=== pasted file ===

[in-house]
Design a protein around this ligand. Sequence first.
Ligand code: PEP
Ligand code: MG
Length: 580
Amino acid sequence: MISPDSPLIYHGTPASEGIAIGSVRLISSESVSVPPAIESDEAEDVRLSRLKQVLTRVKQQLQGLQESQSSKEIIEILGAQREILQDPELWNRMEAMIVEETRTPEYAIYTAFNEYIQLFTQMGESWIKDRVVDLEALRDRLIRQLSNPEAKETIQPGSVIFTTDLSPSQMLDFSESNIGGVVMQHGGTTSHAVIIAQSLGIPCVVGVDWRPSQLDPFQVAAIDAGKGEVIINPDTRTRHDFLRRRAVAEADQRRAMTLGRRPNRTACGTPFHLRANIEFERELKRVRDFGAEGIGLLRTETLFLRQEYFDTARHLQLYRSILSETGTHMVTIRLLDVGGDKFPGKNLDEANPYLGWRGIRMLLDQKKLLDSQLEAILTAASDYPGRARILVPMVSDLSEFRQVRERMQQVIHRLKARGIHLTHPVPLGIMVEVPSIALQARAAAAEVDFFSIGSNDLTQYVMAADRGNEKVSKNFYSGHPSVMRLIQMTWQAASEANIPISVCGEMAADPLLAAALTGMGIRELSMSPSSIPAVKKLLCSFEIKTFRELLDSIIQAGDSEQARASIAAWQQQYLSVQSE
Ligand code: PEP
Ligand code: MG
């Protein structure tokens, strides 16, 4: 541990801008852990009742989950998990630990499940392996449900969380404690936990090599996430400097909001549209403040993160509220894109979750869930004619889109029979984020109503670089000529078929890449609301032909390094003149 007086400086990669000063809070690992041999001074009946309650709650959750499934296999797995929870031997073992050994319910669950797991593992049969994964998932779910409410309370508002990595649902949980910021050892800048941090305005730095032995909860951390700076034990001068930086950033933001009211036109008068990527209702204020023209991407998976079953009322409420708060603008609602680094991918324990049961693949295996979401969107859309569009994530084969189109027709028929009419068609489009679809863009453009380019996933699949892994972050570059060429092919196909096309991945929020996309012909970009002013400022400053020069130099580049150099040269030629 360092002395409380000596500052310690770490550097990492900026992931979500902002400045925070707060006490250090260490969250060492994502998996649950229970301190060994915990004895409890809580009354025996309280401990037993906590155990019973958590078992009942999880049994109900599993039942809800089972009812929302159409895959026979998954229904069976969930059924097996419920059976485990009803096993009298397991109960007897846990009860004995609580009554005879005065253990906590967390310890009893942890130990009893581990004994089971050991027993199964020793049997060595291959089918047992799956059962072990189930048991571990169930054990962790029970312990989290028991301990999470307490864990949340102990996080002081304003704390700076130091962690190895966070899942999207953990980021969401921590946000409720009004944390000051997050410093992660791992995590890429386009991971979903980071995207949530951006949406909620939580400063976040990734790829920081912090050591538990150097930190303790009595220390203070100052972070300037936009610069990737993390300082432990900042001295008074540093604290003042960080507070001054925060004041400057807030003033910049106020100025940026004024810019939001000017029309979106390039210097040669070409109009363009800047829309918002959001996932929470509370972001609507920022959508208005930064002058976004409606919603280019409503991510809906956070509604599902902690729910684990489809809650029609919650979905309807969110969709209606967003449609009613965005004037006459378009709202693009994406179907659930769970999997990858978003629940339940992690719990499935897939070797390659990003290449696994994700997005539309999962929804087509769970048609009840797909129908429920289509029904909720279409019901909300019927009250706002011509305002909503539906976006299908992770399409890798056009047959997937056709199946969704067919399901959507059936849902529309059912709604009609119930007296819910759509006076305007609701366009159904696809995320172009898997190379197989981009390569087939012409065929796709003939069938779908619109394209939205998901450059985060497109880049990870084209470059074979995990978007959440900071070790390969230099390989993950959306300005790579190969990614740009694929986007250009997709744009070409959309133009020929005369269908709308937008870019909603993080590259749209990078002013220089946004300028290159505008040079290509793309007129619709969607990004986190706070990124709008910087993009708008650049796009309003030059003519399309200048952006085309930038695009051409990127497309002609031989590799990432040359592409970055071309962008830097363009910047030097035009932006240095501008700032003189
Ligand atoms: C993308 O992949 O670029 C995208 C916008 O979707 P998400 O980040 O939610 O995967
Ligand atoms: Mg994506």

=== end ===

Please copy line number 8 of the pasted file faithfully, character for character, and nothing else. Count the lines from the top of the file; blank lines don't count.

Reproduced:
Ligand code: MG